Dominik Cislo started high school with a plan. He was going to take a variety of academic courses throughout his four years at St. Mary’s Catholic High School in Kitchener and eventually choose a university to attend. Now, the Grade 12 student is headed in a new direction, one which he thinks is a much better fit for him, after taking an eye-opening ‘home build’ course this past semester.
Students from St. Mary’s High School and Resurrection Catholic Secondary School have used their skills in the construction of an Empire Communities home at the Riverland subdivision in Breslau, which is as of yet unfinished and to be completed by Empire. The five-month, hands-on learning project was available to students in the construction co-op program, offering the youths an experience unlike anything they learn within the four walls of the school.
“As I was in class, or doing my homework for my academic classes, I began to realize that I wasn’t enjoying the work so I tried out something that was a bit more hands-on,” said Cislo. “When I started taking shop I began doing better, my marks got better and I realized that this was the right area for me.”
The home-build course runs for one semester, and students try their hand at building a house in its entirety. Depending on the speed at which the group works, the house is donated as a frame, a partially-completed structure, or a fully-functional home. While earning credits for their work, the students also build on valuable skills that will last them a lifetime.
“One of the best things about this program is that I really got a taste of what life might be like if I went into a trade,” said Cislo. “Instead of going to class, I got to go to work every day, learn something new and get into the routine.”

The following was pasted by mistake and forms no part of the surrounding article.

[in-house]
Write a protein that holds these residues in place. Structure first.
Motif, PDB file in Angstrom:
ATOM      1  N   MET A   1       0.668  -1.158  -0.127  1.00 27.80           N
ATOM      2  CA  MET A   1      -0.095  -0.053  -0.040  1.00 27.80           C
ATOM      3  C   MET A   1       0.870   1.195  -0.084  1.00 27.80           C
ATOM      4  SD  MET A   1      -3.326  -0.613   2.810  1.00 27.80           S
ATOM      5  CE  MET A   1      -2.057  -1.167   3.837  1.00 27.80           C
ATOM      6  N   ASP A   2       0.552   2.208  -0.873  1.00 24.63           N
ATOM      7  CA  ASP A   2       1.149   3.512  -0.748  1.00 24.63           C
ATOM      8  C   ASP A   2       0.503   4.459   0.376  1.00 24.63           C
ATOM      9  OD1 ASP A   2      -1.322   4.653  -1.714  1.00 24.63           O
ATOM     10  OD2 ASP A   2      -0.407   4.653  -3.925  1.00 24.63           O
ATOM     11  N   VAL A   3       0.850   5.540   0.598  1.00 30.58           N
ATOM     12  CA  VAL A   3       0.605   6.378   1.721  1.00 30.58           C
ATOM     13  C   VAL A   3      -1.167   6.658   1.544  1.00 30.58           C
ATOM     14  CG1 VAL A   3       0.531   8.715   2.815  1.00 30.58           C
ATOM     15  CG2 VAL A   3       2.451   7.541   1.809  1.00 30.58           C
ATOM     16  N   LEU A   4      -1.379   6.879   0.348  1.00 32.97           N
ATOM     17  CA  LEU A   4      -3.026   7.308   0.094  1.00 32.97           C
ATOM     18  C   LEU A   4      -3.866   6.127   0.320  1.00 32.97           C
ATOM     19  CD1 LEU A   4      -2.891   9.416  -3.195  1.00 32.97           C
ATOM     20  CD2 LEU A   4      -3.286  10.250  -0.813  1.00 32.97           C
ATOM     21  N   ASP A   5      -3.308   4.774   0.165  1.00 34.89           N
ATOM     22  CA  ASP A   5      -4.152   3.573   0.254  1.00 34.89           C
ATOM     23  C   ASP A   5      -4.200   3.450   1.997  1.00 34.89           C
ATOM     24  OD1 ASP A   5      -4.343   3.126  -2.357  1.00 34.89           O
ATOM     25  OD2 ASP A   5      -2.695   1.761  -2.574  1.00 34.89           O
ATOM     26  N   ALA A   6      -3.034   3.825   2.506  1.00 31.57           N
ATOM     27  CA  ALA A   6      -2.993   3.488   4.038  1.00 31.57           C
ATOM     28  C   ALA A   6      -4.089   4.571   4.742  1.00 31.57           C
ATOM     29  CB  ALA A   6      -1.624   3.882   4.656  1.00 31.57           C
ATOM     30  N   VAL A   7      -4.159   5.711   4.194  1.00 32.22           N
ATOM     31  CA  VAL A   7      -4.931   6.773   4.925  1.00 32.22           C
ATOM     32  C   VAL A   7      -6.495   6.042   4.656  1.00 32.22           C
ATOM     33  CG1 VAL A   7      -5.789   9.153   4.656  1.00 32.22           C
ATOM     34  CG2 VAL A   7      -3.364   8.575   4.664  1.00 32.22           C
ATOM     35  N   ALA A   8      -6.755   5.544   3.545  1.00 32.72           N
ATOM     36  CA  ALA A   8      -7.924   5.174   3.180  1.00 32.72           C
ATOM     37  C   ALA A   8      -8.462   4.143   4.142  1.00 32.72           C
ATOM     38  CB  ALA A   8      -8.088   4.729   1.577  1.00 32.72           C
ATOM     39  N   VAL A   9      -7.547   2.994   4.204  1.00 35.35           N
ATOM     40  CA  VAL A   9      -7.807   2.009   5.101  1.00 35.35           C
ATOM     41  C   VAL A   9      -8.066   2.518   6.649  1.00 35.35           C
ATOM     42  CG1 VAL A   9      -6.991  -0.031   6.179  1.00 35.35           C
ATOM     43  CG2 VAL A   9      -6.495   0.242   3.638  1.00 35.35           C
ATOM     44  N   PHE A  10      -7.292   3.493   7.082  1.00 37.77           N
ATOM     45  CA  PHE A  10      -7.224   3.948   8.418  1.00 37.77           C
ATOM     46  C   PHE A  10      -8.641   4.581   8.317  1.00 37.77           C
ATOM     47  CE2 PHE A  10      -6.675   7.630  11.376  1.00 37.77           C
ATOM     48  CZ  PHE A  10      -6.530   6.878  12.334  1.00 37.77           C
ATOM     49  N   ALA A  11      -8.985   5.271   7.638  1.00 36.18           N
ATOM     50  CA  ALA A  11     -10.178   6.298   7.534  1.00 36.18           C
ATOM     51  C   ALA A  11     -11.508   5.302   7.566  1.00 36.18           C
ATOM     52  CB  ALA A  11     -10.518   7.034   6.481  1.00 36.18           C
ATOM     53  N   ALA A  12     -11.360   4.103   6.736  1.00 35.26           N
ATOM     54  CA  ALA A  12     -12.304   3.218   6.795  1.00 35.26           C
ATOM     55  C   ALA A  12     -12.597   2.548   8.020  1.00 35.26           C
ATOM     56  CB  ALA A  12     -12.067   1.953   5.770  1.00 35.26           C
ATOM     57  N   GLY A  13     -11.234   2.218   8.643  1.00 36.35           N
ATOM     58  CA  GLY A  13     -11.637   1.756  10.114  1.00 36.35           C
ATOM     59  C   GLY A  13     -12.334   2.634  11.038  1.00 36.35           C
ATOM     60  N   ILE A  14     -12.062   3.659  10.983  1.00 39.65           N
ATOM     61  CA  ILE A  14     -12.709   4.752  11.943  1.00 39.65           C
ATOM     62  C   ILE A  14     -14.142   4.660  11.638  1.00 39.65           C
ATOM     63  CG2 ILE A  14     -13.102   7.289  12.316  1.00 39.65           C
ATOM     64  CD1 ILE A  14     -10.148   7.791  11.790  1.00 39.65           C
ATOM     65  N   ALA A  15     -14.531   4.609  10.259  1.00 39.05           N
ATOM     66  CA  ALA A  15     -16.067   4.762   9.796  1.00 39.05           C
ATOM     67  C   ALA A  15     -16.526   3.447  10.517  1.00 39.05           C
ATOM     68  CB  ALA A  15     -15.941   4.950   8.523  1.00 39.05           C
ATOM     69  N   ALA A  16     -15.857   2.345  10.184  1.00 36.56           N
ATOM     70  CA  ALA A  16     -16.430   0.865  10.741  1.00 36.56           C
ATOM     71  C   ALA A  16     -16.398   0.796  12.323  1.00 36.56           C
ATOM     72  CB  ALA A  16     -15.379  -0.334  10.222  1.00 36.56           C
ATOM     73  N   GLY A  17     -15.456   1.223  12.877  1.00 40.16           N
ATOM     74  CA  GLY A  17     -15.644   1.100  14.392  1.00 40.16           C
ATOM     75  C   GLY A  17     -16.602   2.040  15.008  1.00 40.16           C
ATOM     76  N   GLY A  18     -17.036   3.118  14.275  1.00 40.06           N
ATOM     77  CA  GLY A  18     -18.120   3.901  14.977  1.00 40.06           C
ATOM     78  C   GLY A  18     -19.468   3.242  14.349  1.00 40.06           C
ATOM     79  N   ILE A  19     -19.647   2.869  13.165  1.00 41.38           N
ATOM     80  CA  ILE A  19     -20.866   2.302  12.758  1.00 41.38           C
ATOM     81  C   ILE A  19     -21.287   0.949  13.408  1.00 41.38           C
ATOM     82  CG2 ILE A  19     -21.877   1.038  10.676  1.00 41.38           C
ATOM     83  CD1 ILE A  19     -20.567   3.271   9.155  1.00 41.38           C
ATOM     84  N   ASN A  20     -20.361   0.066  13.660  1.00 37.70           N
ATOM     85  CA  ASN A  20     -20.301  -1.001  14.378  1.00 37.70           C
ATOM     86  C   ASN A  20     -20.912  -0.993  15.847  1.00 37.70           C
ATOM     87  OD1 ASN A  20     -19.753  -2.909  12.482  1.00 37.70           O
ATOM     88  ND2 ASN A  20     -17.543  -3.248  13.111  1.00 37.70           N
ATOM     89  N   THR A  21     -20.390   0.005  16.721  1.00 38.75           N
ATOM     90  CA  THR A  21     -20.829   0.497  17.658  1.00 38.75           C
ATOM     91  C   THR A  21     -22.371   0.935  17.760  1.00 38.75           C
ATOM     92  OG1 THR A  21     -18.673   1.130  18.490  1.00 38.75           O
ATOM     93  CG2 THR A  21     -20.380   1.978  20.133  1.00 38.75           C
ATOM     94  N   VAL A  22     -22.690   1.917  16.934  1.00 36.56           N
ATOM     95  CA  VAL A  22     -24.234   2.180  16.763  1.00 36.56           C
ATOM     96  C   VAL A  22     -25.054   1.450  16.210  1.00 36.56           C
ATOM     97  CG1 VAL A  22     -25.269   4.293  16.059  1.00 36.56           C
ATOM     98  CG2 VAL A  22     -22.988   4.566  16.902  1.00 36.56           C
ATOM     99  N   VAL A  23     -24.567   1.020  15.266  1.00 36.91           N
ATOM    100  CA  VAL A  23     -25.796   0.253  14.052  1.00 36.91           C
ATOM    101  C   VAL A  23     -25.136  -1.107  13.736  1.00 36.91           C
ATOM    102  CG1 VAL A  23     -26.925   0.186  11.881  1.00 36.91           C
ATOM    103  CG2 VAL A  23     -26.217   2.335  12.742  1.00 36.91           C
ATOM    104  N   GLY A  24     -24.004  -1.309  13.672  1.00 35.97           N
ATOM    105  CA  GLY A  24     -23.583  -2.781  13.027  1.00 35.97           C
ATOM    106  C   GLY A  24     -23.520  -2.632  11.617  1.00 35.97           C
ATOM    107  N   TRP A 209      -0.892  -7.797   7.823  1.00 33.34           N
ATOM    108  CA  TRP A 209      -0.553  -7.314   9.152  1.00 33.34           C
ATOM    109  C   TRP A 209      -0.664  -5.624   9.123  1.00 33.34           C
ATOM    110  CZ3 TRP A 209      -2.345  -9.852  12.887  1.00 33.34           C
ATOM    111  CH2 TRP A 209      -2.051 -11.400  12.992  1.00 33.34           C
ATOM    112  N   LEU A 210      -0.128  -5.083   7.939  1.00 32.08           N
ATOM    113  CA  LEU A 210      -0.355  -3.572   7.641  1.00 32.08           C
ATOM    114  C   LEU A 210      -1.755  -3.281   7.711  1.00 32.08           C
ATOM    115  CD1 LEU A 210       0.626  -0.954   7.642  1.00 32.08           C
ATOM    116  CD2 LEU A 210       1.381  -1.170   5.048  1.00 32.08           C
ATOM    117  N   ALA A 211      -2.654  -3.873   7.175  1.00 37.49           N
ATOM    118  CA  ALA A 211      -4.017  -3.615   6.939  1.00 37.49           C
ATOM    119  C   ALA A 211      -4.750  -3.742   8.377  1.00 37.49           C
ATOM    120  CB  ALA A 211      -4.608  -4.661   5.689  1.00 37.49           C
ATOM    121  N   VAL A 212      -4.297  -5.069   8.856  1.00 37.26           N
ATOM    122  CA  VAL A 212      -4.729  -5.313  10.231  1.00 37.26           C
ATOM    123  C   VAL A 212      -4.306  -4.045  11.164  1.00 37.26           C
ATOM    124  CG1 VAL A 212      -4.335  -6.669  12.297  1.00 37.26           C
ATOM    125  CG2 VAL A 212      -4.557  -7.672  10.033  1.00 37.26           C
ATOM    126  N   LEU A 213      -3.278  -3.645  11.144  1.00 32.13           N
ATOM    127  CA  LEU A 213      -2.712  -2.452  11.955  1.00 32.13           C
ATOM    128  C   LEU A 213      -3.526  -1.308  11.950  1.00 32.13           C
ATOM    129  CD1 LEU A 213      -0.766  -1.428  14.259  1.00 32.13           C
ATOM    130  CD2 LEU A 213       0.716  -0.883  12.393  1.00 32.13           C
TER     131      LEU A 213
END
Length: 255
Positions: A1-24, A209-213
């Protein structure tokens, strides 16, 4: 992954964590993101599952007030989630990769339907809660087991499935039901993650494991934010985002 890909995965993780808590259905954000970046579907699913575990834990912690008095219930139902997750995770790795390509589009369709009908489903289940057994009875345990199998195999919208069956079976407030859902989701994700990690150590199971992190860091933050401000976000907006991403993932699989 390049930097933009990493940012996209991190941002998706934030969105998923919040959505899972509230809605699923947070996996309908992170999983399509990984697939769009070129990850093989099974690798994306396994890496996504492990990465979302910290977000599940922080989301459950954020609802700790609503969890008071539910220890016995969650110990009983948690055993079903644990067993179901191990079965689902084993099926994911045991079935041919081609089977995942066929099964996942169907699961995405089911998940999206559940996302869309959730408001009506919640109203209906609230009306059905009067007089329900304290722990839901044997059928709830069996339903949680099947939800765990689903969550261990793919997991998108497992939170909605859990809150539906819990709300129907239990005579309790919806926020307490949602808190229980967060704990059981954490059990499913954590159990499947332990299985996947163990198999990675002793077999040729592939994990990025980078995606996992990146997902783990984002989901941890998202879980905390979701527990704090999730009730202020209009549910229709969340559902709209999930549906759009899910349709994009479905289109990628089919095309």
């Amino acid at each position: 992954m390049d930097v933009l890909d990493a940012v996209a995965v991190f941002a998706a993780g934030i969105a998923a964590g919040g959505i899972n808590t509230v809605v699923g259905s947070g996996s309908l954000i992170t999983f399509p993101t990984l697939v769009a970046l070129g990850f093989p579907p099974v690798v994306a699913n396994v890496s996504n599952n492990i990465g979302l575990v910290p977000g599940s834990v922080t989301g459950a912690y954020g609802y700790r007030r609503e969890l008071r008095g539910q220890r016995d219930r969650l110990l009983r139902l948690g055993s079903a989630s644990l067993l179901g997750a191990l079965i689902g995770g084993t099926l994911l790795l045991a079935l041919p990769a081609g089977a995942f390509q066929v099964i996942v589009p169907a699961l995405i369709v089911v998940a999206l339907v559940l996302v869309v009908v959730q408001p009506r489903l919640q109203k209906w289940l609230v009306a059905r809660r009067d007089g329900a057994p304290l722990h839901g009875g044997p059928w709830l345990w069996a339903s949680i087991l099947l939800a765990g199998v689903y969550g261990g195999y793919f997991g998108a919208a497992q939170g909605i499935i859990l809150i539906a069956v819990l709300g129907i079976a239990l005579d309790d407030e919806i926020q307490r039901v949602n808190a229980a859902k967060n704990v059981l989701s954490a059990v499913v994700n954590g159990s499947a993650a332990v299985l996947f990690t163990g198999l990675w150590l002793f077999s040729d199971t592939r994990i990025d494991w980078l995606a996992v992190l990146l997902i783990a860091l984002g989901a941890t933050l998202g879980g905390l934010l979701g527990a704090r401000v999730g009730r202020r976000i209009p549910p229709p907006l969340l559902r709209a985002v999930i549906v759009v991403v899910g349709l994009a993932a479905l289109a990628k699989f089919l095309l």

To mark the completion of the semester, a year-end celebration involving the students, their parents, teachers, WCDSB staff, Empire Communities staff and the sub-trades who worked on this project with the students was held last weekend to recognize the efforts of all the individuals involved.
This program was introduced by school board to tackle the predicted future shortages of skilled tradespeople in local industry. The Conference Board of Canada has predicted a shortfall of some 55,000 skilled workers in construction by 2015.
“We are looking for students like you,” said John Faller, president of the low-rise division of Empire Communities, to the group of students at last week’s presentation ceremonies. “With the skills you have built upon during your semester, you have the opportunity to get into an industry that has plenty of job opportunities.”
Faller noted that not all students in the program will go on to work in the industry, but he hopes that the project has inspired at least a few. Cislo said he hopes to learn more about plumbing and dry walling, and recommends the program to anyone who might just want a change of pace.
“It felt really good to do something like that. I wasn’t reading a book or writing a test. I got to take pride in something I had made.”